Finance Minister Grant Robertson initially agreed with the Treasury that there was no need to put tens of millions of dollars more into stopping boat people from reaching New Zealand, but did a U-turn following pressure from Jacinda Ardern.
Treasury documents, released to the Herald under the Official Information Act, reveal that Robertson removed the initial $11.3 million Budget bid from the draft 2019 Budget package in December last year.
But it was re-inserted after the Prime Minister said it should not only be in there, but should be significantly beefed up.
The immigration team at the Ministry of Business, Innovation and Employment then almost tripled the Budget bid to $33.5m over four years.
Robertson eventually signed off $25m over four years, even though no boat people had ever successfully reached New Zealand shores.
Ardern had felt that this area had been underfunded for years and the Budget bid was an attempt to rectify this, a spokesman has told the Herald.
Treasury officials' correspondence shows Robertson had agreed with the Treasury's assessment that there was no need for money to stop the boats, a position shared by Green Party co-leader James Shaw , who is also Associate Finance Minister.
"This [$11.3m] bid was triaged out in December, on the basis that the initiative does not directly align to any of the Budget priorities," Treasury employment and enterprise team leader Elizabeth Gerard wrote to Treasury's Budget manager Alex Harrington in March this year.
"There is no evidence that the existing funding and measures are not sufficient. MoF
[Minister of Finance] agreed with this assessment at the time."
Gerard's email then noted that ministers, understood to be Ardern and Immigration Minister Iain Lees-Galloway, had asked for the funding bid to be increased.
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A February email, released under the OIA, from head of Immigration NZ Greg Patchell to MBIE officials noted a "strong steer" from Ardern and Lees-Galloway about its importance.
But Gerard was reluctant for the Treasury to change its assessment unless a New Zealand-bound people-smuggling boat actually made it here.
"This is based on the experience in Australia and Canada, where successful mass arrivals of migrants have resulted in higher rates of attempts - due to the initial successful mass arrival," she said in her email.
A subsequent report from the Treasury noted that the new Budget bid would boost the current funding to stop the boats by a factor of seven.
"If ministers did want to increase spending on preventative measures, we consider that significant scaling would be appropriate," the report said.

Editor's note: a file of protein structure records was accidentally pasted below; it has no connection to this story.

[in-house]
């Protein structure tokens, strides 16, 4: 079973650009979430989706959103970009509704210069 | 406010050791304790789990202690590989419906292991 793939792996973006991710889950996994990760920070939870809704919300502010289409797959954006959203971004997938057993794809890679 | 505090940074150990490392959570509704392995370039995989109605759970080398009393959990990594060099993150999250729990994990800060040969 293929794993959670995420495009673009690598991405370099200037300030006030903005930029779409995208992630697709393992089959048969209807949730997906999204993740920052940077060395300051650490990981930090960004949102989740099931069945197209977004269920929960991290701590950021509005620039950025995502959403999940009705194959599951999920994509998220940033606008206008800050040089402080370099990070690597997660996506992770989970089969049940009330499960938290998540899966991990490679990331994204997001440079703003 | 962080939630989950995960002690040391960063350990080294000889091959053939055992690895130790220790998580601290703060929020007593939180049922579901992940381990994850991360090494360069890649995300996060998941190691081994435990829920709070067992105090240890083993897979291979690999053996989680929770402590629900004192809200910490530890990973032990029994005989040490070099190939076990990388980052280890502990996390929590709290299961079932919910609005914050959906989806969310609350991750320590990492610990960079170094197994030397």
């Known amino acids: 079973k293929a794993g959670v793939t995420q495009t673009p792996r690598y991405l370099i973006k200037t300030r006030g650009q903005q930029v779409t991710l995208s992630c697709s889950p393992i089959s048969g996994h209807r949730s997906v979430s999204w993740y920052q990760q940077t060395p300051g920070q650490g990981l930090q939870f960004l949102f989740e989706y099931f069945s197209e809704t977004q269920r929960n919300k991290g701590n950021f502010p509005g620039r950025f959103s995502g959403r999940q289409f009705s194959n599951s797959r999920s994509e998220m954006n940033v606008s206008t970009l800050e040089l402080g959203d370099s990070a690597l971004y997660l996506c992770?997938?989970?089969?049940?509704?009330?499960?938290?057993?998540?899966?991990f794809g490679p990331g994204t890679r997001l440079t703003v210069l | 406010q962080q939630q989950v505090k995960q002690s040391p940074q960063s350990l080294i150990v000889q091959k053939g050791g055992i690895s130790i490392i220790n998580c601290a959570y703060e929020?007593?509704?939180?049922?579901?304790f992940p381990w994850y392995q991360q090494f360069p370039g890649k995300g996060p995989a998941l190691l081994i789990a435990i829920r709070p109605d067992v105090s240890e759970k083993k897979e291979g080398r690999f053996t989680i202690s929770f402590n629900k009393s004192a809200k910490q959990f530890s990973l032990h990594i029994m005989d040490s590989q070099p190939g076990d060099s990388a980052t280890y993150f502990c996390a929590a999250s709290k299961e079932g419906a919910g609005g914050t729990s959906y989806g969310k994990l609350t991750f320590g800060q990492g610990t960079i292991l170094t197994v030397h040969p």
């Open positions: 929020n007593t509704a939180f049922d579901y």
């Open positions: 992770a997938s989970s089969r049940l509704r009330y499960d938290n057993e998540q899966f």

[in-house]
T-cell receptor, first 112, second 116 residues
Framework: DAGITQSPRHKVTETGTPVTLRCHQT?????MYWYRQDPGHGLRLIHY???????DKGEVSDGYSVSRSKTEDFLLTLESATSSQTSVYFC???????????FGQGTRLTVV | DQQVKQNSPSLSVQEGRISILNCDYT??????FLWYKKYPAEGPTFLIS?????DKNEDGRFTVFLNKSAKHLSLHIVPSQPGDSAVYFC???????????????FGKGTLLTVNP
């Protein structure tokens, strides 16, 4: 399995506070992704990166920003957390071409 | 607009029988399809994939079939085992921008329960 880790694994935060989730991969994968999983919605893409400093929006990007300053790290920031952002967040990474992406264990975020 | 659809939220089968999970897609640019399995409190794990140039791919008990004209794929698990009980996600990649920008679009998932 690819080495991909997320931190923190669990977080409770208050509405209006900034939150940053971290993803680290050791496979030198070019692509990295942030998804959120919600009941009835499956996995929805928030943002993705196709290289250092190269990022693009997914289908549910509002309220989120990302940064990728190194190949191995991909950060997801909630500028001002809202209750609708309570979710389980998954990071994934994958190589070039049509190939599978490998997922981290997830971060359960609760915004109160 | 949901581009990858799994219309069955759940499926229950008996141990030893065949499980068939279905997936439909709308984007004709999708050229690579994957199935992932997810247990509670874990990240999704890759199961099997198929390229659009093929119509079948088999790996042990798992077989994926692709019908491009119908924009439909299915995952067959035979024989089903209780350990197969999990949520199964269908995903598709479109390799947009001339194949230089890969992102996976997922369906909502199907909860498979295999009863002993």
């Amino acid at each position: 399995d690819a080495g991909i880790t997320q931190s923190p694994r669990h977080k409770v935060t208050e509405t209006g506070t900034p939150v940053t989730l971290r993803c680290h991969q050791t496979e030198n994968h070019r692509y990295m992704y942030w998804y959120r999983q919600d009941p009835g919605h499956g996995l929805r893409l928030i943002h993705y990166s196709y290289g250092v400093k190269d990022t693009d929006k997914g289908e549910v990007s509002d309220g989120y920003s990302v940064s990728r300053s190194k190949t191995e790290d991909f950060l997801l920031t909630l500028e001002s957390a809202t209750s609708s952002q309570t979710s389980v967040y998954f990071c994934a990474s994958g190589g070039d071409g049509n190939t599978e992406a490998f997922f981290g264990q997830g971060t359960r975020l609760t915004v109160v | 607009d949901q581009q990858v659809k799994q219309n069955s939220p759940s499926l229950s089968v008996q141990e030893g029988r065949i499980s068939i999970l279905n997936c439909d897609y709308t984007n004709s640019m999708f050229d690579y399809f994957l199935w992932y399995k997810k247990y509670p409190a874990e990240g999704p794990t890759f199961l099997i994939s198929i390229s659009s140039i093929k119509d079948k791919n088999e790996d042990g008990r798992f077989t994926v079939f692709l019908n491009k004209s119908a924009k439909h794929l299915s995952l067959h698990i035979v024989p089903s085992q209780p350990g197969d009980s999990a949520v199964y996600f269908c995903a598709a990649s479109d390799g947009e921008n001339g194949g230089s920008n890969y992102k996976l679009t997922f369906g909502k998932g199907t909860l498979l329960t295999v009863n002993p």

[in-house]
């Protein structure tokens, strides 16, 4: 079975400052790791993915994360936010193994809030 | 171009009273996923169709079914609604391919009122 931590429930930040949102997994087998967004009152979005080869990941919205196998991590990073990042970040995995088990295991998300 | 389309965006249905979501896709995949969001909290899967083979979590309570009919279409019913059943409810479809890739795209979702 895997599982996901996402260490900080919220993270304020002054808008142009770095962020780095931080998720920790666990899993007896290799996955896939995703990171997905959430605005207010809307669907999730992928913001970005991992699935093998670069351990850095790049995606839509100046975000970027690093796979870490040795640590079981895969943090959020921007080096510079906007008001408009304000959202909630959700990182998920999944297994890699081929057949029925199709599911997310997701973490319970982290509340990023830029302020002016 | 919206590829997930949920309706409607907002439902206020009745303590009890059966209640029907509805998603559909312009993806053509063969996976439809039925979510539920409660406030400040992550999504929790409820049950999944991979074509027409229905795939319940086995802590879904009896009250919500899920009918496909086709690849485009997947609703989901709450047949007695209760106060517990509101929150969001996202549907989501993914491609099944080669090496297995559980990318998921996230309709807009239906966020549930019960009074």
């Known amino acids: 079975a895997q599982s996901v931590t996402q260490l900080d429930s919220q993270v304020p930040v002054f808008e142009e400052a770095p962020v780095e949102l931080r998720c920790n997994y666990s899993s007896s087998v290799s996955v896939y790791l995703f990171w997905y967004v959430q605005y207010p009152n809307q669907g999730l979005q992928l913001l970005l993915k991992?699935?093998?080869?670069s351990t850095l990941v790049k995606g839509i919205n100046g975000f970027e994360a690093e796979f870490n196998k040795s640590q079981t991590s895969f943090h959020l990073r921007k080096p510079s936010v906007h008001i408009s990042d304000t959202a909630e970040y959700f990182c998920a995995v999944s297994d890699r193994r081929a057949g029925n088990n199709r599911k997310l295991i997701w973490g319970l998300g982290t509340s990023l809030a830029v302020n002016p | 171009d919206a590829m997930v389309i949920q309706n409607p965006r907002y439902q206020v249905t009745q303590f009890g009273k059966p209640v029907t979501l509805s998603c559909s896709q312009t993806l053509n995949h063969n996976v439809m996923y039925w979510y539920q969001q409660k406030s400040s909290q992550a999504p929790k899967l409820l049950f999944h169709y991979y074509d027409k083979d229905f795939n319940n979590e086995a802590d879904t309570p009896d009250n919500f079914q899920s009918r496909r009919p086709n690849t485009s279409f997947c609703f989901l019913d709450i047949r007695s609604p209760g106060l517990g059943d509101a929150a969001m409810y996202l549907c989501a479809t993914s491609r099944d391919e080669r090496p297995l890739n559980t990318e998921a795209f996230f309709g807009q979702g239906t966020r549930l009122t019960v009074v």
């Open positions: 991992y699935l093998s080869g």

It recommended that Robertson ask Lees-Galloway to justify the increased spending and why preventing maritime arrivals was such a priority for him.
MBIE officials justified the Budget bid as plugging gaps in the current system, including two countries whose names are redacted in the released documents.
"We have found we are thin on the ground in source and transit countries [redacted]," a March email from an MBIE official to the Treasury said.
"Having one LO [liaison officer] [redacted] does not meet expectations that we locate people smuggling threats, and be positioned to disrupt when the opportunity arises."
Two and half weeks later, Gerard wrote to a Treasury official recommending that the bid be scaled to 75 per cent, or $25m over four years, which is what Robertson eventually signed off at the end of March.
The Ministry of Foreign Affairs and Trade was very supportive of the bid, though an Mfat official added in an email to MBIE that "as with everything, the devil is in the detail!"
People-smuggling has come up frequently during Ardern's term as Prime Minister, with her repeatedly pushing for Australia to accept New Zealand's long-standing offer to take 150 refugees from Nauru and Manus Island.
She had also intended to raise the offer with her Australian counterpart Scott Morrison while in Singapore for the East Asia Summit last November.
The issue has also sparked clashes between ministers on both sides of the Tasman.
Last year Justice Minister Andrew Little called Australia's policy around deporting New Zealanders "venal", which led to an angry retort from Australia's then-Immigration Minister Peter Dutton.
"New Zealand don't contribute really anything to the defence effort that we've got where we're trying to surveil boats that might be on their way to New Zealand, so I hope that Andrew Little reflects a little more on the relationship between Australia and New Zealand where we do a lot of the heavy lifting," Dutton told The Australian.
Little has previously questioned how credible it was for boat people to reach New Zealand.
"It's simply not credible for someone in a rickety old boat - designed for at best two or three days at sea - to say they're going to sail from Indonesia down to New Zealand," he said in December 2017 .